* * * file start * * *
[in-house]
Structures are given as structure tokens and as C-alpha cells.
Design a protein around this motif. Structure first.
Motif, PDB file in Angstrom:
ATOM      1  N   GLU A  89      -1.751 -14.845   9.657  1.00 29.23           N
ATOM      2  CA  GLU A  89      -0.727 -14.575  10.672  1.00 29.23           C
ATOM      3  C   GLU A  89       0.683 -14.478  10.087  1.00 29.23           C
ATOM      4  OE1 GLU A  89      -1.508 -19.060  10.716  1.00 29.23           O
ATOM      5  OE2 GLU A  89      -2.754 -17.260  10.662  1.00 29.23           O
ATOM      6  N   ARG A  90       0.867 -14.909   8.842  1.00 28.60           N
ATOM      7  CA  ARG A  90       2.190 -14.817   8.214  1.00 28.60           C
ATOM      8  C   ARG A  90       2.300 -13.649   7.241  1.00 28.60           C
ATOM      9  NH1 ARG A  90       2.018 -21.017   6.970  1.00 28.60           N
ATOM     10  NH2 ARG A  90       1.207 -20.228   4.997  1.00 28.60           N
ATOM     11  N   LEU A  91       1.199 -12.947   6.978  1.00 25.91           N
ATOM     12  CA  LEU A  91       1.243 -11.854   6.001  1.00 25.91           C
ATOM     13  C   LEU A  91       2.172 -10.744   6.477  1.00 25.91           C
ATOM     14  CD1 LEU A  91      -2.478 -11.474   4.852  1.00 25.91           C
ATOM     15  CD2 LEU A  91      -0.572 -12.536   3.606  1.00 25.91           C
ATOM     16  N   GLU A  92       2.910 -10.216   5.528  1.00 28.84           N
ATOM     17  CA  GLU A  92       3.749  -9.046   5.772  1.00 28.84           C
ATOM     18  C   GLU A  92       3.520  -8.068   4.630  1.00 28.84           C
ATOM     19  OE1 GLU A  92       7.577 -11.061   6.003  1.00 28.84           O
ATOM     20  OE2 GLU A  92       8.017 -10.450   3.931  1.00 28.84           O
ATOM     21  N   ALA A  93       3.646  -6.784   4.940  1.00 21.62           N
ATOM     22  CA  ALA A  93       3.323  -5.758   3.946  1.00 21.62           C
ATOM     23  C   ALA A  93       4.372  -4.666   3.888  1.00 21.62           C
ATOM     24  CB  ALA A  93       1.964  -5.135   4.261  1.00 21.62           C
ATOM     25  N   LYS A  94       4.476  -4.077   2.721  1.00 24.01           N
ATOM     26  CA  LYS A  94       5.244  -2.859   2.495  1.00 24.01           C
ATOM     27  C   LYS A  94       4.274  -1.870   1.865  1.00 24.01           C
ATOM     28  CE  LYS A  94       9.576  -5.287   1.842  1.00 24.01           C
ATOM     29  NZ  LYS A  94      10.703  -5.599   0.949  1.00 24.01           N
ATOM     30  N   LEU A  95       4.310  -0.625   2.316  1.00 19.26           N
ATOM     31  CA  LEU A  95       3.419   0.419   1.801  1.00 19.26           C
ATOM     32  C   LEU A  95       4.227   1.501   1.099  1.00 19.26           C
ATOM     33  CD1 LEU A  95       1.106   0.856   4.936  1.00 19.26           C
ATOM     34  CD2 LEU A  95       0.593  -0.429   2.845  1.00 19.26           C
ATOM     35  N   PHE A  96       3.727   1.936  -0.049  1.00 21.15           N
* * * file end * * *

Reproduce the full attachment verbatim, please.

[in-house]
Structures are given as structure tokens and as C-alpha cells.
Design a protein around this motif. Structure first.
Motif, PDB file in Angstrom:
ATOM      1  N   GLU A  89      -1.751 -14.845   9.657  1.00 29.23           N
ATOM      2  CA  GLU A  89      -0.727 -14.575  10.672  1.00 29.23           C
ATOM      3  C   GLU A  89       0.683 -14.478  10.087  1.00 29.23           C
ATOM      4  OE1 GLU A  89      -1.508 -19.060  10.716  1.00 29.23           O
ATOM      5  OE2 GLU A  89      -2.754 -17.260  10.662  1.00 29.23           O
ATOM      6  N   ARG A  90       0.867 -14.909   8.842  1.00 28.60           N
ATOM      7  CA  ARG A  90       2.190 -14.817   8.214  1.00 28.60           C
ATOM      8  C   ARG A  90       2.300 -13.649   7.241  1.00 28.60           C
ATOM      9  NH1 ARG A  90       2.018 -21.017   6.970  1.00 28.60           N
ATOM     10  NH2 ARG A  90       1.207 -20.228   4.997  1.00 28.60           N
ATOM     11  N   LEU A  91       1.199 -12.947   6.978  1.00 25.91           N
ATOM     12  CA  LEU A  91       1.243 -11.854   6.001  1.00 25.91           C
ATOM     13  C   LEU A  91       2.172 -10.744   6.477  1.00 25.91           C
ATOM     14  CD1 LEU A  91      -2.478 -11.474   4.852  1.00 25.91           C
ATOM     15  CD2 LEU A  91      -0.572 -12.536   3.606  1.00 25.91           C
ATOM     16  N   GLU A  92       2.910 -10.216   5.528  1.00 28.84           N
ATOM     17  CA  GLU A  92       3.749  -9.046   5.772  1.00 28.84           C
ATOM     18  C   GLU A  92       3.520  -8.068   4.630  1.00 28.84           C
ATOM     19  OE1 GLU A  92       7.577 -11.061   6.003  1.00 28.84           O
ATOM     20  OE2 GLU A  92       8.017 -10.450   3.931  1.00 28.84           O
ATOM     21  N   ALA A  93       3.646  -6.784   4.940  1.00 21.62           N
ATOM     22  CA  ALA A  93       3.323  -5.758   3.946  1.00 21.62           C
ATOM     23  C   ALA A  93       4.372  -4.666   3.888  1.00 21.62           C
ATOM     24  CB  ALA A  93       1.964  -5.135   4.261  1.00 21.62           C
ATOM     25  N   LYS A  94       4.476  -4.077   2.721  1.00 24.01           N
ATOM     26  CA  LYS A  94       5.244  -2.859   2.495  1.00 24.01           C
ATOM     27  C   LYS A  94       4.274  -1.870   1.865  1.00 24.01           C
ATOM     28  CE  LYS A  94       9.576  -5.287   1.842  1.00 24.01           C
ATOM     29  NZ  LYS A  94      10.703  -5.599   0.949  1.00 24.01           N
ATOM     30  N   LEU A  95       4.310  -0.625   2.316  1.00 19.26           N
ATOM     31  CA  LEU A  95       3.419   0.419   1.801  1.00 19.26           C
ATOM     32  C   LEU A  95       4.227   1.501   1.099  1.00 19.26           C
ATOM     33  CD1 LEU A  95       1.106   0.856   4.936  1.00 19.26           C
ATOM     34  CD2 LEU A  95       0.593  -0.429   2.845  1.00 19.26           C
ATOM     35  N   PHE A  96       3.727   1.936  -0.049  1.00 21.15           N